We have had custody of our granddaughter since she was 7 months old and before that had her most of the time since she was born. She belongs to our son. Her mother was completely Mia for 8 months when she was 2. Now she is 3 and a half and her mother is fighting for standard visitation. Since she has been going on 6 hour visitations with her mother we have witnessed drastic changes in her. She used to scream, cry, and beg us not to make her go, now she tells us she has to go to mommy’s. She tells us mommy tells her to be scared of us, not to love us, that we don’t love her, that she has to run away etc. She is 3! She tells us mommy makes her take pills when she goes with her, that mommy covers her eyes and talks to her. We are genuinely scared for her safety and think terrible things are being done to her. We have never hurt her in any way, we have dedicated our lives to giving her all the love and attention we possibly can. We know that mom was an abused child who went through years of foster care, as an adult has attempted suicide on multiple occasions, is currently pregnant with another man’s child, her and our son are no longer together. We are at a loss of how to protect our granddaughter! Any ideas?

    • http://sincemydivorce.com Mandy Walker

      First, I want to thank you for being actively involved in your granddaughter’s life. It sounds like you have custody based on a court order which means mom has to go through the court system to increase her parenting time. It’s important that you get competent legal representation and discuss with your attorney seeking a parenting evaluation for your DIL. That would probably also include the evaluator talking with your granddaughter. In selecting the evaluator do look carefully at their qualifications and find one that has experience dealing with parental alienation.

      I’m not sure what you mean by “standard visitation” but it would be a lot to go from six hour visits to say 50-50 parenting time and based on what you say I would be extremely hesitant to agree to overnights. You may also consider seeking supervised visits which means a third party professional would supervise mom’s visits and your granddaughter would not be left alone with her.

      Where is your son in all this? What parenting time does he have?

      • midnightrock

        The motther is seeking every other weekend, 30 days in summer, half of Christmas, and alternating other holidays. Our son sees his daughter when he can, but he works out of town a lot. He knows that she is in wonderful hands and wants her to remain here, which this is not a custody issue at this point. We do have an attorney, but she is at a loss of how to prove all of this or where to send us for help. This is the attorney that helped us gain custody in the beginning. We just see such changes in our granddaughter since the visits have begun, and dont feel that the changes are healthy. She experiences drastic mood swings from laughing and happy, to screaming and crying to laughing to crying all in a matter of minutes. I am very concerned about her emotional well being both presently and long term.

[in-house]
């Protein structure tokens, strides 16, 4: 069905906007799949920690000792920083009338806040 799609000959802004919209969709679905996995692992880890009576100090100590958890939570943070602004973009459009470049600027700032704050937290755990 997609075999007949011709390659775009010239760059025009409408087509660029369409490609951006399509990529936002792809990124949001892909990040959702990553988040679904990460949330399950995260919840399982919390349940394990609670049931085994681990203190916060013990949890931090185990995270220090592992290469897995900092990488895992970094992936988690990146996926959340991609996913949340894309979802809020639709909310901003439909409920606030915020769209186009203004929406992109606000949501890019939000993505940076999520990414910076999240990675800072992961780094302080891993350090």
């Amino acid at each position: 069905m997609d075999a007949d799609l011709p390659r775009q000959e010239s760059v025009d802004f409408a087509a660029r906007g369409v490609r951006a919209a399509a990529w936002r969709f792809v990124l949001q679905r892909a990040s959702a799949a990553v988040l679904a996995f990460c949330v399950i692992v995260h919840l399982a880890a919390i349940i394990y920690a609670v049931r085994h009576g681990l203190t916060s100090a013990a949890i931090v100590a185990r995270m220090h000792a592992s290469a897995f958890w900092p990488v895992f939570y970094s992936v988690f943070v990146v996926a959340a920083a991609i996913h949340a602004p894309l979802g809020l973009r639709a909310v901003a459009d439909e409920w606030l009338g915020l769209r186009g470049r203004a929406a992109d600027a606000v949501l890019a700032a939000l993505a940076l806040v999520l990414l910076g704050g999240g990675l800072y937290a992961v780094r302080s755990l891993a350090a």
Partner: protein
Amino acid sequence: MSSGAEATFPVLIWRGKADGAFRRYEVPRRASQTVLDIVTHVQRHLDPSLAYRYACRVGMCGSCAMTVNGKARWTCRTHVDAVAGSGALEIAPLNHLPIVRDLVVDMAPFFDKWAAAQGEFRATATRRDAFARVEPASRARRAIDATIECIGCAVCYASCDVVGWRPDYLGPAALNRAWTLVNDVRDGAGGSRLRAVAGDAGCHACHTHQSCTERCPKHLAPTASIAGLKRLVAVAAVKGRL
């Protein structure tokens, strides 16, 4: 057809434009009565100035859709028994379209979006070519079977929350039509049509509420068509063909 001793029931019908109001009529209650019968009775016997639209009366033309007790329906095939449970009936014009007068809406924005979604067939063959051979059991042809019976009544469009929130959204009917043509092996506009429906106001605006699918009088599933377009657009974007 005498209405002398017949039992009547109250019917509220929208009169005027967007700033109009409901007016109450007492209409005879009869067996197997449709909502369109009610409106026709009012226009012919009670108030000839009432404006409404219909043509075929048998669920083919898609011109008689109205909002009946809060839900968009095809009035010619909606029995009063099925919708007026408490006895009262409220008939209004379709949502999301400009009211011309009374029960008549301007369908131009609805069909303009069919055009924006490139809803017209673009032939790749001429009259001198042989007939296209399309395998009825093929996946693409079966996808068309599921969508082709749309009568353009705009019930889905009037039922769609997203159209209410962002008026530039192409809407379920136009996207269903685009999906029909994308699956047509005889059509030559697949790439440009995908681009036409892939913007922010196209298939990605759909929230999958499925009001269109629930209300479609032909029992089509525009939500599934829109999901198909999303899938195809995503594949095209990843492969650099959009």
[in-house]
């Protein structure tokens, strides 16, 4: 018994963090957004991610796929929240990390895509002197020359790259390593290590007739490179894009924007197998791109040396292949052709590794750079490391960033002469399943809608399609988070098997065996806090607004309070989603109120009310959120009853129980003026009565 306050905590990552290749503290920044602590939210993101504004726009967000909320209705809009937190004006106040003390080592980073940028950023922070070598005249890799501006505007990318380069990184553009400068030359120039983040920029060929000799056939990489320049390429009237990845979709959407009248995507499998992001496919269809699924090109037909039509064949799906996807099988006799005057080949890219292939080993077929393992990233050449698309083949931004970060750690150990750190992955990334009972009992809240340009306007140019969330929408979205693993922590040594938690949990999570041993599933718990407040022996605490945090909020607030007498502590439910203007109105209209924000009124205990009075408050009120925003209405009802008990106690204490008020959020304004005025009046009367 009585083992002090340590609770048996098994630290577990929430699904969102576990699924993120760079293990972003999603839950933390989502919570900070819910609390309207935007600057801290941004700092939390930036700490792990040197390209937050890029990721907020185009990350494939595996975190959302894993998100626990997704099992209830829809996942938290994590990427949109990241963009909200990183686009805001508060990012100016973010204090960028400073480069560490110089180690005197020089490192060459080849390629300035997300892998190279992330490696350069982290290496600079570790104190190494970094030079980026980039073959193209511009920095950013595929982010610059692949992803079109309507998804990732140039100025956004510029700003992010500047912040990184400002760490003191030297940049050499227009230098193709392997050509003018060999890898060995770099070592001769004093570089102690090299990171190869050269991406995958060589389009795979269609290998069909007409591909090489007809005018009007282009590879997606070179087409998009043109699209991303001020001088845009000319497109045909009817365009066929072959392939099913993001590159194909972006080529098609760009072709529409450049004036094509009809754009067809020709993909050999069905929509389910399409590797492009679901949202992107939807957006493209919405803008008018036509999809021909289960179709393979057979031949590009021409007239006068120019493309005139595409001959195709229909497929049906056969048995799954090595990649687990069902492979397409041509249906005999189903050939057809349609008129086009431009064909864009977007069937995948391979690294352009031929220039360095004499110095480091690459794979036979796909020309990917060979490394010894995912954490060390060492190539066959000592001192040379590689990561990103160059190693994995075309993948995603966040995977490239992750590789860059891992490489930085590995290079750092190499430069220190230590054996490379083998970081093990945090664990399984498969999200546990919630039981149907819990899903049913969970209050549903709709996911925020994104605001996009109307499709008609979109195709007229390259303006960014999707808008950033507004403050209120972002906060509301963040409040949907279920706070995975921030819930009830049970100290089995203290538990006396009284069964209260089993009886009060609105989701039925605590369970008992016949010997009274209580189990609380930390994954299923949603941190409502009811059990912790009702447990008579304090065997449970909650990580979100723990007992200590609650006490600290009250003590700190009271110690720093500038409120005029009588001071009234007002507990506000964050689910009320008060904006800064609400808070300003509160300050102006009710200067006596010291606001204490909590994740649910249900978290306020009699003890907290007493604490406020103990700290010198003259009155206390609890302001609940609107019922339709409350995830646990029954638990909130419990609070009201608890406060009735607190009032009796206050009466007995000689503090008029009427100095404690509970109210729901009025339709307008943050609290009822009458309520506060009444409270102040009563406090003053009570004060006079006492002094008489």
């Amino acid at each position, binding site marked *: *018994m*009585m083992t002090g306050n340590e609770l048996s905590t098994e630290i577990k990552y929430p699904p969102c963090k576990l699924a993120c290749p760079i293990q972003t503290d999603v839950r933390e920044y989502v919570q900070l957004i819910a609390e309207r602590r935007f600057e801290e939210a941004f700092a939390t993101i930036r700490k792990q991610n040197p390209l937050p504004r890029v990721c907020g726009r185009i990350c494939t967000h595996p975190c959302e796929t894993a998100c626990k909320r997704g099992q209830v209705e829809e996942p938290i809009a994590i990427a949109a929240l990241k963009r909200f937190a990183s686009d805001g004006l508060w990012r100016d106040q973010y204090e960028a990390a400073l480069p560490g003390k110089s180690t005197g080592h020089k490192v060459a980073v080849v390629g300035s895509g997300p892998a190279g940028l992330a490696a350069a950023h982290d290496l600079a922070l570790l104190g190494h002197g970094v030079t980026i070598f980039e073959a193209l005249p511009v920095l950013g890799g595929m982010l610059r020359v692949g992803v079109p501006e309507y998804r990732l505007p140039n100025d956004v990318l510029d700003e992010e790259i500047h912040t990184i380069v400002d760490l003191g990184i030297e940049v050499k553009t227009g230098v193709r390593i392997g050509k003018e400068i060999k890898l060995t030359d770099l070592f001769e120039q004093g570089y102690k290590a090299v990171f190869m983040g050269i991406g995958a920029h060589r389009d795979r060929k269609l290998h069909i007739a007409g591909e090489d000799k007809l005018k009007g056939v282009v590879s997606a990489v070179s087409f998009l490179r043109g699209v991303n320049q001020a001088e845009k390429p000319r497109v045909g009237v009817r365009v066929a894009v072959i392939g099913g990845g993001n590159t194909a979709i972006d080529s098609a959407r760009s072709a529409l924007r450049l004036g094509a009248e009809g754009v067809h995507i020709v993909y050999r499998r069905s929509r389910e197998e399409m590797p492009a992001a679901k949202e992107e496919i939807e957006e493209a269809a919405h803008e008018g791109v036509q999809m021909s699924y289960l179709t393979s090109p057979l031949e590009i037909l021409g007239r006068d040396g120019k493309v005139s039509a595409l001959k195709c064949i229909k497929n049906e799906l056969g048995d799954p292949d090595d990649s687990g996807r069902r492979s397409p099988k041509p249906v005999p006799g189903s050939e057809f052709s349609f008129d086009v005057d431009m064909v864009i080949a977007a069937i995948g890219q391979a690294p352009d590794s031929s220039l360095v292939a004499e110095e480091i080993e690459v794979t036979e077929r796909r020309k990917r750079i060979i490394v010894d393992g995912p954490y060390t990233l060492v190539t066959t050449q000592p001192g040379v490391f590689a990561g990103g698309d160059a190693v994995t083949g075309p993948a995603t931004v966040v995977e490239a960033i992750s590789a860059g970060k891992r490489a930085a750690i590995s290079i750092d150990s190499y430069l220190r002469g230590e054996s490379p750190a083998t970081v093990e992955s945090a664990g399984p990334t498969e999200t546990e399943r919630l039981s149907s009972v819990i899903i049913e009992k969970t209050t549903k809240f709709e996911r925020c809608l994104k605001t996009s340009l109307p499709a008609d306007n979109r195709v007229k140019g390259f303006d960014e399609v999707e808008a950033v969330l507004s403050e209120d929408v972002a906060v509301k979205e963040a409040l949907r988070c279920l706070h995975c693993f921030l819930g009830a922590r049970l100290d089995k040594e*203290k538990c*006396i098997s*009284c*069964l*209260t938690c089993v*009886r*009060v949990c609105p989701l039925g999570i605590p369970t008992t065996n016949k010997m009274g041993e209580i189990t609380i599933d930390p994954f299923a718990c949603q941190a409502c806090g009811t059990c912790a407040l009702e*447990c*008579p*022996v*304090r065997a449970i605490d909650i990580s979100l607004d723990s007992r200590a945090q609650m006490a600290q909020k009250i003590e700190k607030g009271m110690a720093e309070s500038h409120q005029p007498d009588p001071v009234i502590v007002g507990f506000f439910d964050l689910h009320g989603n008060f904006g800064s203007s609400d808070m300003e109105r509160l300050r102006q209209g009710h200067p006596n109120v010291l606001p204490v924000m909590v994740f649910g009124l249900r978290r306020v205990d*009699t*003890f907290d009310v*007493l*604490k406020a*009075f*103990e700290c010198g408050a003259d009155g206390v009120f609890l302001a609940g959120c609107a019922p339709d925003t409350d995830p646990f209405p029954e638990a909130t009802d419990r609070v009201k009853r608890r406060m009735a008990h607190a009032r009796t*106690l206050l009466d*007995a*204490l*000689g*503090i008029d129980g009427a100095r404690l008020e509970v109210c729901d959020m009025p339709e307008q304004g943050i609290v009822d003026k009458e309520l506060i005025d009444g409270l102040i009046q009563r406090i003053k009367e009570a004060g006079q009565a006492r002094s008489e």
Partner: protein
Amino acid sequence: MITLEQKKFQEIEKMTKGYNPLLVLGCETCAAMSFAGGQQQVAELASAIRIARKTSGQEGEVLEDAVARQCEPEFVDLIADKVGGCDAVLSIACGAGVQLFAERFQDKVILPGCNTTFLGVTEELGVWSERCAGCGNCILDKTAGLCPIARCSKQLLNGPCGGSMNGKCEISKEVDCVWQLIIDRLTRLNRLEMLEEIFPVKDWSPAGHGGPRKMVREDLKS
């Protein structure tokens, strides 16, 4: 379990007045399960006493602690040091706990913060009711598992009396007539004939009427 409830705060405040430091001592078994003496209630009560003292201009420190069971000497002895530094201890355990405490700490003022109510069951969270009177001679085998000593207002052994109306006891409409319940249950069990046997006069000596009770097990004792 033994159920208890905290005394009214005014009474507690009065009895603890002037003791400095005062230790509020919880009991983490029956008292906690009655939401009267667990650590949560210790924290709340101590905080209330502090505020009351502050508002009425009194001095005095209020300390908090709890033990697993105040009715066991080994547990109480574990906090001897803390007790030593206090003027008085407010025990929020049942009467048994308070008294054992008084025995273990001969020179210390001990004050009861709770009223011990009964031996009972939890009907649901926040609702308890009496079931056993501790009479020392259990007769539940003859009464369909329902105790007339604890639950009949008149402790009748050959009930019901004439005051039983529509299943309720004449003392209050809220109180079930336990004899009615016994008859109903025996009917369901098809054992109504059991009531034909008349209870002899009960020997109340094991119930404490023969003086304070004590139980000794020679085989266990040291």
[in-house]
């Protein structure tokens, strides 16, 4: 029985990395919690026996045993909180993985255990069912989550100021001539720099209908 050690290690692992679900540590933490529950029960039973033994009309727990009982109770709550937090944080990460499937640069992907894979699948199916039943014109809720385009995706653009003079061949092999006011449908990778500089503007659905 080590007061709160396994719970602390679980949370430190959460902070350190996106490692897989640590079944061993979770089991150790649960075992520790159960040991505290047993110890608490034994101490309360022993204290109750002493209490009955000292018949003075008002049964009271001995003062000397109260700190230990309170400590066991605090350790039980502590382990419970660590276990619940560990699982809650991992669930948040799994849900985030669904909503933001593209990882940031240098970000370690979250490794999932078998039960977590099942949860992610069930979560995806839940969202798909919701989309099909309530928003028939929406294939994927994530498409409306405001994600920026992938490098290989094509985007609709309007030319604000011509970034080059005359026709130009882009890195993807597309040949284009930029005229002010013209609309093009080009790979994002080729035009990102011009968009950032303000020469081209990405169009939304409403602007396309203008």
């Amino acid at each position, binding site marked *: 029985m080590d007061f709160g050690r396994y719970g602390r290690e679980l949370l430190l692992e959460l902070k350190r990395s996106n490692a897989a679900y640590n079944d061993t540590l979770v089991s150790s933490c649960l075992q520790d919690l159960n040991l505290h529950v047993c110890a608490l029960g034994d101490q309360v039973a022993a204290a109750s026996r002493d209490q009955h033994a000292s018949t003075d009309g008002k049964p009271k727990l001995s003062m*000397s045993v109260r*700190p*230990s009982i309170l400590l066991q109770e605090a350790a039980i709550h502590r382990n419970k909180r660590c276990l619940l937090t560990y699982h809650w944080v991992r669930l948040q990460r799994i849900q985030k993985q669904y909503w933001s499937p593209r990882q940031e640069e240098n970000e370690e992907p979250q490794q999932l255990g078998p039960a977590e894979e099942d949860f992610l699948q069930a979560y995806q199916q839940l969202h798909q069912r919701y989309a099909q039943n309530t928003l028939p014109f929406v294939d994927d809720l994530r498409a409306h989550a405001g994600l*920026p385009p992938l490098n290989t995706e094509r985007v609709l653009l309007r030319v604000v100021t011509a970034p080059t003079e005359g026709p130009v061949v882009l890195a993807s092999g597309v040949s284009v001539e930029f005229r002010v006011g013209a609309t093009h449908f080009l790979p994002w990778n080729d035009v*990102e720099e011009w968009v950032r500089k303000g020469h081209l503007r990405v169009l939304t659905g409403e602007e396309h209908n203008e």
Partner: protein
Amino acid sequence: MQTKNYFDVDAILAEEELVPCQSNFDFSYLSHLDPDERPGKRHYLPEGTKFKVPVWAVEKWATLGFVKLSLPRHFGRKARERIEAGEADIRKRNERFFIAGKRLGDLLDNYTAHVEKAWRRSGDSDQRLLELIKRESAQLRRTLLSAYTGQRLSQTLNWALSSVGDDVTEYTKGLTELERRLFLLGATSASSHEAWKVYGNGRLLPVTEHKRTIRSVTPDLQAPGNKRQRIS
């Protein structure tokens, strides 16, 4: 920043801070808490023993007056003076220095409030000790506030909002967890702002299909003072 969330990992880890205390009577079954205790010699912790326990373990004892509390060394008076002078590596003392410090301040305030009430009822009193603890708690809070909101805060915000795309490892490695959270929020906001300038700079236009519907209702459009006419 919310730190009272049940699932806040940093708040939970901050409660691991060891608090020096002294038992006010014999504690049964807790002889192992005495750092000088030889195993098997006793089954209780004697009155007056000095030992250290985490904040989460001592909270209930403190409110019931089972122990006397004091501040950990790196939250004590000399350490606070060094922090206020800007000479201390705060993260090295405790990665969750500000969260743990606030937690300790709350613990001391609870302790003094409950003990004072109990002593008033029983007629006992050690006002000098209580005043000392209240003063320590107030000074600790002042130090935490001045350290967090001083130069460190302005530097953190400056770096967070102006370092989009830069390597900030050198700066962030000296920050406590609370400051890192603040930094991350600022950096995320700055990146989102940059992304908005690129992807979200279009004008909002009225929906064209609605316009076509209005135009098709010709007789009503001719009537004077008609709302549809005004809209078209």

• http://sincemydivorce.com Mandy Walker

          I’m surprised your attorney isn’t able to suggest a strategy… you might consult with another attorney. Your DIL will presumably have to go to Court to get more parenting time and I’m assuming that you’ve told her that you are opposed to it. You need the attorney to tell you how to defend this legal. Here in Colorado you would have recourse to a parenting responsibility evaluator and also a child family investigation.

          It sounds like your granddaughter would benefit from seeing a therapist and you might talk with the therapist about your concerns.

          I would state again that going from six hours of parenting time a week to what she is asking for is a large change and one that could be difficult for any child to adapt to. And she must recognize this so I doubt that she’s realistically expecting to get this.

  • sue

    My grandson sees his father 1/3/5th w/e and every Thursday for 2 hours. He was doing well until the visitation became unsupervised,3 months ago, although the father says he stays at his parents house for the w/e. Every time my daughter or I pick the 3 year old up from his father, the child says I don;t want you. I want daddy. I don’t like you. The last 3 visits that he has returned from , he now tells my daughter,”I f$%&ing hate you” Neither I or my daughter use the hate word and I definitely do not tolerate the F word. We are more afraid now that he is being told to turn against us. We are not saints, but we do not ever say anything bad to this child about his father or his grandparents, who do love him. But we cannot understand why he is saying the things he does. He has been hitting us, throwing things at us, telling me the last time I picked him up, that he was going to get a knife and cut me all up so I will be “all gone” which is his way of thinking of death. how do we deal with this? Is he just wanting his dad, who hardly ever was home prior to my daughter leaving. he only took care of the child a total of 3-4 times by himself the who 2 years, but now has had to see him every other weekend. Maybe the recent change where he is getting to know his dad now, makes the child not want to be with his mother anymore? what should we think?

    • http://sincemydivorce.com Mandy Walker

      I would seriously consider taking your child to a therapist who could ask questions about the responses you’re getting and then help you figure out how to handle it. I’m wondering if going back to the supervised visits would be beneficial?

  • Mimi

    What are the signs in a 3 year old? Are they different?

    • http://sincemydivorce.com Mandy Walker

      Hi Mimi – Sorry – I don’t feel qualified to answer your question. Are you working with a therapist? If you are, then do make sure they have experience with parental alienation. If you aren’t working with one, then do consider this – if you’re a victim of PA then I’m sorry but this could be a long haul and taking care of yourself is critical.